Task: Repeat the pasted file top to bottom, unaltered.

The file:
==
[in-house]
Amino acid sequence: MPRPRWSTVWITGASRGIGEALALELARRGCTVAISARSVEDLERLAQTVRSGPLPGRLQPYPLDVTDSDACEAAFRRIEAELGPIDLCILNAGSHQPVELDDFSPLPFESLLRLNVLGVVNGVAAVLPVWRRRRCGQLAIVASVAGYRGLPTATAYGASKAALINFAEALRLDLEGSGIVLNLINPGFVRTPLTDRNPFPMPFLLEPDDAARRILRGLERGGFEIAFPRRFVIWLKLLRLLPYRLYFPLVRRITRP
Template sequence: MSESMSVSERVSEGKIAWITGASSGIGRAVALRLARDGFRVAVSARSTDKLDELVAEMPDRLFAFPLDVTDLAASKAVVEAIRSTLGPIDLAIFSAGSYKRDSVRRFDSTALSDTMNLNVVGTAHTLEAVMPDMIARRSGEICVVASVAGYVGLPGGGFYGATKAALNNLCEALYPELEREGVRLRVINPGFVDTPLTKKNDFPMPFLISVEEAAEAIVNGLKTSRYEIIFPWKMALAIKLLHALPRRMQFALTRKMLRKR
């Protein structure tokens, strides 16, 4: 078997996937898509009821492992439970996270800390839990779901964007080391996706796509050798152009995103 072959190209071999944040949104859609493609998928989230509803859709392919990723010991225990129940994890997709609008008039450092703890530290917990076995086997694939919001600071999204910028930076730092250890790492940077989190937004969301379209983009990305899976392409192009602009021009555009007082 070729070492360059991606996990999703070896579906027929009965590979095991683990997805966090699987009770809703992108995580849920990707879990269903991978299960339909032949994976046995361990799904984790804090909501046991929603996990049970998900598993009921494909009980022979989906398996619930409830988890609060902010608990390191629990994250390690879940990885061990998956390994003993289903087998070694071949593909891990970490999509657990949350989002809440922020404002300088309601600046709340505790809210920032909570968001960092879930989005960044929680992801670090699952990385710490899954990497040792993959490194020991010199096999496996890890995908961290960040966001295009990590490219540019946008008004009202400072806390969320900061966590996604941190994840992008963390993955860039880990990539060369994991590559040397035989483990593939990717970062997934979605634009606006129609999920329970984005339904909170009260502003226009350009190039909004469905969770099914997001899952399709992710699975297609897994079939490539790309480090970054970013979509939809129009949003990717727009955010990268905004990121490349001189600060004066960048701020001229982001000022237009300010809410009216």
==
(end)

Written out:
[in-house]
Amino acid sequence: MPRPRWSTVWITGASRGIGEALALELARRGCTVAISARSVEDLERLAQTVRSGPLPGRLQPYPLDVTDSDACEAAFRRIEAELGPIDLCILNAGSHQPVELDDFSPLPFESLLRLNVLGVVNGVAAVLPVWRRRRCGQLAIVASVAGYRGLPTATAYGASKAALINFAEALRLDLEGSGIVLNLINPGFVRTPLTDRNPFPMPFLLEPDDAARRILRGLERGGFEIAFPRRFVIWLKLLRLLPYRLYFPLVRRITRP
Template sequence: MSESMSVSERVSEGKIAWITGASSGIGRAVALRLARDGFRVAVSARSTDKLDELVAEMPDRLFAFPLDVTDLAASKAVVEAIRSTLGPIDLAIFSAGSYKRDSVRRFDSTALSDTMNLNVVGTAHTLEAVMPDMIARRSGEICVVASVAGYVGLPGGGFYGATKAALNNLCEALYPELEREGVRLRVINPGFVDTPLTKKNDFPMPFLISVEEAAEAIVNGLKTSRYEIIFPWKMALAIKLLHALPRRMQFALTRKMLRKR
């Protein structure tokens, strides 16, 4: 078997996937898509009821492992439970996270800390839990779901964007080391996706796509050798152009995103 072959190209071999944040949104859609493609998928989230509803859709392919990723010991225990129940994890997709609008008039450092703890530290917990076995086997694939919001600071999204910028930076730092250890790492940077989190937004969301379209983009990305899976392409192009602009021009555009007082 070729070492360059991606996990999703070896579906027929009965590979095991683990997805966090699987009770809703992108995580849920990707879990269903991978299960339909032949994976046995361990799904984790804090909501046991929603996990049970998900598993009921494909009980022979989906398996619930409830988890609060902010608990390191629990994250390690879940990885061990998956390994003993289903087998070694071949593909891990970490999509657990949350989002809440922020404002300088309601600046709340505790809210920032909570968001960092879930989005960044929680992801670090699952990385710490899954990497040792993959490194020991010199096999496996890890995908961290960040966001295009990590490219540019946008008004009202400072806390969320900061966590996604941190994840992008963390993955860039880990990539060369994991590559040397035989483990593939990717970062997934979605634009606006129609999920329970984005339904909170009260502003226009350009190039909004469905969770099914997001899952399709992710699975297609897994079939490539790309480090970054970013979509939809129009949003990717727009955010990268905004990121490349001189600060004066960048701020001229982001000022237009300010809410009216």